The provincial government says funding is available to help put cell towers on mountain highway passes, but industry needs to get involved.
The Regional District of Kootenay Boundary recently agreed to ask the province to fund cell coverage for the Blueberry-Paulson pass and Highway 33.
No one from the government was willing to do an interview with Vista Radio.
But the Ministry of Citizens’ Services provided a written statement that acknowledged cell service along highways and in “rural and remote” communities is “critically important, especially for public safety. People need to be able to connect with first responders quickly, from anywhere in the province.”
The statement noted that the government’s Connecting British Columbia program is intended to support the expansion of cell coverage. It provides $15 million for highway cell service.
“The availability of cellular service in remote areas is a national challenge requiring investments from provincial and federal governments valued in the billions to solve,” the statement said.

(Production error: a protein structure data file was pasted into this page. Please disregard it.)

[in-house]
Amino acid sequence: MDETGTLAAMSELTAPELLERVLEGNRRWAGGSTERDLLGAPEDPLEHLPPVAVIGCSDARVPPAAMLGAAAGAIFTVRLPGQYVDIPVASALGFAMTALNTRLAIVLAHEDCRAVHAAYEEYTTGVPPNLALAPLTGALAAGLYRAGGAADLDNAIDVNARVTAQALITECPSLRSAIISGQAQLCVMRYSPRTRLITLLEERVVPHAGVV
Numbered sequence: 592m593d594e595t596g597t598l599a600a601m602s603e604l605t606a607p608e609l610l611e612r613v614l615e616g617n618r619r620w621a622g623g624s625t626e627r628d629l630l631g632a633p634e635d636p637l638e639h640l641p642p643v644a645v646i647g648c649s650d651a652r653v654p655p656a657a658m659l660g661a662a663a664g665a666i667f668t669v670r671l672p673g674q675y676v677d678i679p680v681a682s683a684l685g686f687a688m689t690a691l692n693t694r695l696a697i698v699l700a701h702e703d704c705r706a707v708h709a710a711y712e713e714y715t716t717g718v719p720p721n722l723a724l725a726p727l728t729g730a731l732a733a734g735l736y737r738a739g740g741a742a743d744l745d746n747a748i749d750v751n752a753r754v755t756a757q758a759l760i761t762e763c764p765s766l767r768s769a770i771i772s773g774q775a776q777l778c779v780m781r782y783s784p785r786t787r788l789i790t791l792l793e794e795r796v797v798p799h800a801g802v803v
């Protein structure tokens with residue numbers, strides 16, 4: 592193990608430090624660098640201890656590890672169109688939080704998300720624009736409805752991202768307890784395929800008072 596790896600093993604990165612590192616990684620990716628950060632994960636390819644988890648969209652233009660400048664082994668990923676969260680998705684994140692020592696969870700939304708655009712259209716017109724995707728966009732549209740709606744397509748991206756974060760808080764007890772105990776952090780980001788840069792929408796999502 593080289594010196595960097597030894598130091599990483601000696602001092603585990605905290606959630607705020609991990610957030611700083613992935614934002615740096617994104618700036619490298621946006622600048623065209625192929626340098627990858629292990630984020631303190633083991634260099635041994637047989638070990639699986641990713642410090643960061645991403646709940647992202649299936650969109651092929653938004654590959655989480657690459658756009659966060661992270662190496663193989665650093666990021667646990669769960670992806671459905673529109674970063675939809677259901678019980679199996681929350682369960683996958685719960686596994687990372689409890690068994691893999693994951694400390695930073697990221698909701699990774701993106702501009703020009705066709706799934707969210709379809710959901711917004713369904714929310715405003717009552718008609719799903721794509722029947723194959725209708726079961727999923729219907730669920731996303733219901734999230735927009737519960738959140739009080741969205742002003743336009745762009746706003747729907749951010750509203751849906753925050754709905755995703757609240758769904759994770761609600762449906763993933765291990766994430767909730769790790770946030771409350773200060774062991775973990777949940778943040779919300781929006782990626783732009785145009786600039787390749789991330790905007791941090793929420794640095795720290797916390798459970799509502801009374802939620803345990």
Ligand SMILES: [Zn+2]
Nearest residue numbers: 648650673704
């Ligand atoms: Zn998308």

“B.C.’s diverse terrain makes construction of cell towers difficult, especially in areas with low populations and no access to electricity.”
Telecommunications is federally regulated, the statement added, and BC can’t tell service providers where and when to make investments, although they can encourage them to do so by offsetting some of the costs for expensive infrastructure projects.
“Local governments and regional districts are encouraged to work directly with service providers to plan cellular coverage for their area,” the statement said. “Service providers can then apply to funding programs where needed.”
Federal dollars are also available through the Universal Broadband Fund.